No records indicate whether overturned convictions against a third inmate, Summer Shaw, were picked up by tribal or federal officials.

Shaw was serving a 25-year sentence after being convicted in 2015 of second-degree murder linked to the meth overdose death of a cellmate.

Limited options for dismissed cases

While state and local officials complain that the McGirt ruling has caused chaos in the state justice system, local tribes affected by the ruling have beefed up their justice systems to handle the increased workload.

Officials with four of the Five Tribes, the Cherokee, Chickasaw, Choctaw and Muscogee Nations, have combined to file nearly 10,000 court cases since McGirt v. Oklahoma was decided in July 2020, according to a poll by the Tulsa World last week.

However, not all dismissed cases are eligible to be picked up by federal or tribal prosecutors.

Tribal courts don’t have jurisdiction in cases where the suspect is nontribal, even if the crime occurred within a tribal reservation. Exceptions to that rule are those involving domestic-related cases.

Federal courts are generally limited to a five-year statute of limitations for most felonies, with exceptions permitted in cases involving juvenile victims.

Oklahoma officials have argued for concurrent jurisdiction so the state can retain cases like that of Shaynna Sims, who was convicted and sentenced to state prison in connection with the desecration of a corpse and whose conviction was overturned due to McGirt.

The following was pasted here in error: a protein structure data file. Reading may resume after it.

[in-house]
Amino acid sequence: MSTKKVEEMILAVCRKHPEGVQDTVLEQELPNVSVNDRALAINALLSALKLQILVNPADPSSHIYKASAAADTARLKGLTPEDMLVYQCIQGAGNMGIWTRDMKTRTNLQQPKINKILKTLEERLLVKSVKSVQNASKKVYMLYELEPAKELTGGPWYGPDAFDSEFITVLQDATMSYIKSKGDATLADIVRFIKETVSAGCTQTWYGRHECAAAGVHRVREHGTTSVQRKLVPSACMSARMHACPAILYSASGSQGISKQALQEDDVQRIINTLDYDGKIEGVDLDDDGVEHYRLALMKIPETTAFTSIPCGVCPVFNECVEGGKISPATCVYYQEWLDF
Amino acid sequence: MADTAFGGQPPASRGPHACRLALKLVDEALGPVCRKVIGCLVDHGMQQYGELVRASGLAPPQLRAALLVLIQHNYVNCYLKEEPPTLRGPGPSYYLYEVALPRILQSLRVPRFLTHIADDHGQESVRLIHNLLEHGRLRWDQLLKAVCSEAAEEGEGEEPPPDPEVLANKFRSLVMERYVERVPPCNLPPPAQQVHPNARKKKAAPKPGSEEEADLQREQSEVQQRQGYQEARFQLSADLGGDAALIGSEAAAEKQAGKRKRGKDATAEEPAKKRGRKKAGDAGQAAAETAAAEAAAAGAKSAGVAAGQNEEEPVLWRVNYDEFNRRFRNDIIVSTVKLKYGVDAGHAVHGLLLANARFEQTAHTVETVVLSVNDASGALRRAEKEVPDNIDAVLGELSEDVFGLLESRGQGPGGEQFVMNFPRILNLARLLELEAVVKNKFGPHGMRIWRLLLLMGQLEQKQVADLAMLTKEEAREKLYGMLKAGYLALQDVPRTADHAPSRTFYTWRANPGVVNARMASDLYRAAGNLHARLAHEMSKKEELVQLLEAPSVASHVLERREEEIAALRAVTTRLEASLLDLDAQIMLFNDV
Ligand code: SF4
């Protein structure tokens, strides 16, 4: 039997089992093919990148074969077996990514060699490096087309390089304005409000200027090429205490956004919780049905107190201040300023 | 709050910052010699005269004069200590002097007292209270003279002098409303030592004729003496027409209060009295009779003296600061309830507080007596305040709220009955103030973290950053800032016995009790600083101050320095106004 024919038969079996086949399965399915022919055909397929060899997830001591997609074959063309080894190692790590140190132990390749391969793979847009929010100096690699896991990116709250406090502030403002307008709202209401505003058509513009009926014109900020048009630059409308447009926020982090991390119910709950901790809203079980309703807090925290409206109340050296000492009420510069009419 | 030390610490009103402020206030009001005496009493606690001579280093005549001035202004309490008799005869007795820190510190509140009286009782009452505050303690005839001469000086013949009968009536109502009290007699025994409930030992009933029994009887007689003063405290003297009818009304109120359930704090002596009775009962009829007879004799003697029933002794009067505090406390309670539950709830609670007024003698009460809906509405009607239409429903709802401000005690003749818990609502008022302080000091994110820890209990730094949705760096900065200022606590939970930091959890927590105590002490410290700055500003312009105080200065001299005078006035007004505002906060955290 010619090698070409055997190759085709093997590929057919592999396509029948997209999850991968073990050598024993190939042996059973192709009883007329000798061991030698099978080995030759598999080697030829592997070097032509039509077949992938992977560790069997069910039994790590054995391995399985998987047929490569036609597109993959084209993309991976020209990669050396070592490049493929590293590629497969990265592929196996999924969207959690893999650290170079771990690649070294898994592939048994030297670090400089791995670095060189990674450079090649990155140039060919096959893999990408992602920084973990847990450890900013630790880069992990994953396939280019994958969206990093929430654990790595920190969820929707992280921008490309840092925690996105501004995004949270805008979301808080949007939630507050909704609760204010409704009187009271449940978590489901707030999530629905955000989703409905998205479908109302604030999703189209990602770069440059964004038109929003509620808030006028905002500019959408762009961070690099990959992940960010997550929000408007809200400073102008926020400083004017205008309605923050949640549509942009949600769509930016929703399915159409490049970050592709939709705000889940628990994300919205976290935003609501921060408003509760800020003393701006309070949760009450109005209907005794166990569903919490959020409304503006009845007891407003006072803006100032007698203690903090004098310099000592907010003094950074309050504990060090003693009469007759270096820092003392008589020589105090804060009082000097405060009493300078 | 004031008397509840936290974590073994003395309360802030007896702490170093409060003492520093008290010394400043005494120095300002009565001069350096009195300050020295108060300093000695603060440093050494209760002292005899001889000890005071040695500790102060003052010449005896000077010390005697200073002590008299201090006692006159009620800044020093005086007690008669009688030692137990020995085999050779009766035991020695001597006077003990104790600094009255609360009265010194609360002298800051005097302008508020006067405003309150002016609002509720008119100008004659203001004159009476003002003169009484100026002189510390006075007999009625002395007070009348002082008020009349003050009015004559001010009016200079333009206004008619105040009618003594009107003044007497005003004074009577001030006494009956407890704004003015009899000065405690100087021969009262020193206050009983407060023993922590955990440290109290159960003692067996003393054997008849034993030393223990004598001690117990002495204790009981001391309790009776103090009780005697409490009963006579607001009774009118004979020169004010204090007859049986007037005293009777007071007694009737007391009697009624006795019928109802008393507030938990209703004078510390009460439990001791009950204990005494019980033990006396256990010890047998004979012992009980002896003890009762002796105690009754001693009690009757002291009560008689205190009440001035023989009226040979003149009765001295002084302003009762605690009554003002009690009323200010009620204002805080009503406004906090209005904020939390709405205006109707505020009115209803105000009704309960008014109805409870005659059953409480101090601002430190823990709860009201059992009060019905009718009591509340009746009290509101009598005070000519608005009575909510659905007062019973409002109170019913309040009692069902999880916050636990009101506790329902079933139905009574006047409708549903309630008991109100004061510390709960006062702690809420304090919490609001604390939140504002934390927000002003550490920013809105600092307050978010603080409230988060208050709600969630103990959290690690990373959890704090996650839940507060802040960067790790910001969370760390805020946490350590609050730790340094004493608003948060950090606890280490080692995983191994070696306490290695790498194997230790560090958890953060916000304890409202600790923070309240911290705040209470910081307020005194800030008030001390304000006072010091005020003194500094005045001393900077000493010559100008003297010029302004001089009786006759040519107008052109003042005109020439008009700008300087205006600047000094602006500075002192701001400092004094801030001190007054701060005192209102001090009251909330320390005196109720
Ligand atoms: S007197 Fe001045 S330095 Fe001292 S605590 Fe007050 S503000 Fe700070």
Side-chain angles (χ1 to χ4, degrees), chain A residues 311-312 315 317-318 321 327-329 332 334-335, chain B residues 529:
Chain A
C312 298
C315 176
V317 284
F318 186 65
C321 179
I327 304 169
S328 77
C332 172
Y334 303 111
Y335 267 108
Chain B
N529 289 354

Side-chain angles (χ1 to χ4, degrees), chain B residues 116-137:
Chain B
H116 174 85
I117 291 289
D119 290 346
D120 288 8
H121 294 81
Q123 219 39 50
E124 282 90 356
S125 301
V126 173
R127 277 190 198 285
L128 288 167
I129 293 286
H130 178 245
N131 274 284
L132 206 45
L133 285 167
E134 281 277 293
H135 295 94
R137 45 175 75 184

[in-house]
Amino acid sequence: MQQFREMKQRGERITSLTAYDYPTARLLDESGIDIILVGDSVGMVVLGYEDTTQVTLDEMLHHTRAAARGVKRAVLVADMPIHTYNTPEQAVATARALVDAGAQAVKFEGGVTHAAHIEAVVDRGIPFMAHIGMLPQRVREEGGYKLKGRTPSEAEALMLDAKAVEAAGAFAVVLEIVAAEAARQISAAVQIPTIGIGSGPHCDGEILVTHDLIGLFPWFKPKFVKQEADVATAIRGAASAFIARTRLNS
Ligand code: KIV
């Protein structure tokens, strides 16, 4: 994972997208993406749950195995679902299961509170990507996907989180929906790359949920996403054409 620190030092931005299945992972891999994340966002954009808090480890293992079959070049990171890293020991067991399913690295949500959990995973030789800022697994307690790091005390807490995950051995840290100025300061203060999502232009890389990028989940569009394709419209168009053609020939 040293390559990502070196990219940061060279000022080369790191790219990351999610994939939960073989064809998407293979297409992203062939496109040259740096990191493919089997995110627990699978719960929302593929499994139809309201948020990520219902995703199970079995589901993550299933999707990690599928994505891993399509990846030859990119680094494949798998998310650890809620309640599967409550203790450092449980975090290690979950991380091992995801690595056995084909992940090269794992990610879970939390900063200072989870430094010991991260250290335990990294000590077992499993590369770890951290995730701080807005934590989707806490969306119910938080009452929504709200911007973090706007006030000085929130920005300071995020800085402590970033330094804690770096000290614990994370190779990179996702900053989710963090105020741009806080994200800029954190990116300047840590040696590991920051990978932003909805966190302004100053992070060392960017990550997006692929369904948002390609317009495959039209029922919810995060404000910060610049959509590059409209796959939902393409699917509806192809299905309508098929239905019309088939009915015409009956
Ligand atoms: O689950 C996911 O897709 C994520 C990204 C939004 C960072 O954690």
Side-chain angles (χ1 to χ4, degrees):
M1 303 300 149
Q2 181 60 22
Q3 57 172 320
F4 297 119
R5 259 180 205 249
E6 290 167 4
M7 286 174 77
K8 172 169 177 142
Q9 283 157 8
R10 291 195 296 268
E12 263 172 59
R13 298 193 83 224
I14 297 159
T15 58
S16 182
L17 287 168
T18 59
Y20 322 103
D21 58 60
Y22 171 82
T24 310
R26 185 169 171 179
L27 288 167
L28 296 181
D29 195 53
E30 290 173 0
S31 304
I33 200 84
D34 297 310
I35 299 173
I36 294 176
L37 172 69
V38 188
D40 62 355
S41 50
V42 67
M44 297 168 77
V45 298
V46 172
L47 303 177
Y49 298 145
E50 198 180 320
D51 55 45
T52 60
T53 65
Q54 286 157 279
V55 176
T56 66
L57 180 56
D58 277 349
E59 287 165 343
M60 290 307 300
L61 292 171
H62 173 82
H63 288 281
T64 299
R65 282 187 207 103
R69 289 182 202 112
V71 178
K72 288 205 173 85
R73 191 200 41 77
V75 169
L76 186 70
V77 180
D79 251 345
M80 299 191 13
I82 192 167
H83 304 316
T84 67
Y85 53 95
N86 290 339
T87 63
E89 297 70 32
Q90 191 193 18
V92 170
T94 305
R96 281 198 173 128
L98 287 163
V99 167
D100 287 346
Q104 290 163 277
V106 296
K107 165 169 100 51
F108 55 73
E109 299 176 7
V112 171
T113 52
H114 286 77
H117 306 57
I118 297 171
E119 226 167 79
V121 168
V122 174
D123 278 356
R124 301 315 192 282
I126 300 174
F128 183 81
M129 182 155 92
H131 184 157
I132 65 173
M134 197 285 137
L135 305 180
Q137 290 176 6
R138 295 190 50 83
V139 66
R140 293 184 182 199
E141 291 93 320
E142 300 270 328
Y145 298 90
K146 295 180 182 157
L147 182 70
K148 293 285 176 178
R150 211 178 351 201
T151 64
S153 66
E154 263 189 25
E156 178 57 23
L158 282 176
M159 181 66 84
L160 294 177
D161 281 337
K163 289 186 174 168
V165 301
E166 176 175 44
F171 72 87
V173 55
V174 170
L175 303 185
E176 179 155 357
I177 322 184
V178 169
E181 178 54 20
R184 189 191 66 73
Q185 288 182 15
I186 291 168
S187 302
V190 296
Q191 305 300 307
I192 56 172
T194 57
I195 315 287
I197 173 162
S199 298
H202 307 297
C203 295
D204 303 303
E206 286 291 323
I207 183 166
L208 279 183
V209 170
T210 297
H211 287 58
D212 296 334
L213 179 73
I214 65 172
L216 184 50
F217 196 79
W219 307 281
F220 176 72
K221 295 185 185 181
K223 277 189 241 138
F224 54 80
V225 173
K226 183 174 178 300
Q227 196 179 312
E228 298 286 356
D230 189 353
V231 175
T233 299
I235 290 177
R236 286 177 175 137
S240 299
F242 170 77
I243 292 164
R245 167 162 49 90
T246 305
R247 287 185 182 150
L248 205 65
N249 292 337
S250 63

Sims cannot be charged by tribal officials due to her non-Native status, and the statute of limitations has expired on any federal crime with which she could have been charged.

‘Getting ahead of this’

The post-McGirt changes have Kenny Wright, the district attorney serving Ottawa and Delaware counties, spreading the word to tribal members on how not to be a crime victim.

Wright has told civic groups that tribal members are subject to being crime victims by non-tribal members when the latter know they are unlikely to face any consequences for their actions.

“We’re starting to see targeting of some of our Native American citizens by non-Native criminal organizations,” Wright said, mentioning the Irish Mob gang as an example.

“We seem to be running into cases where it appears Natives were intentionally targeted because of their Native status,” Wright said.

He described a scenario where a non-Native could target a Native home, knowing the state and tribal government couldn’t prosecute the case due to McGirt and federal law, while federal prosecutors don’t have the resources to prosecute the case.

“What I was explaining to these folks was, if you do have tribal tags on your car, park your car in a way those tags can’t be seen from the street,” Wright said.

The district attorney acknowledged that he has seen “not more than a few” cases like he has described, but he said he is just trying to “get ahead of this a little bit.”

Asked to comment on Wright’s comments, a Cherokee Nation spokeswoman simply called the allegations “unfounded.”

Federal officials, for their part, have filed a handful of misdemeanor cases. Others may have been opened and not charged yet, a spokeswoman said.

“While the U.S. Attorney’s Office is currently prioritizing felony prosecutions, this office can open cases for misdemeanor crimes, which are under $1,000, for non-Indian suspects victimizing Indian persons when evidence supports those charges,” said Lennea Montandon, spokesperson for the Tulsa U.S. Attorney’s Office. “Our office refers misdemeanor thefts committed by Indian persons to the Tribes.”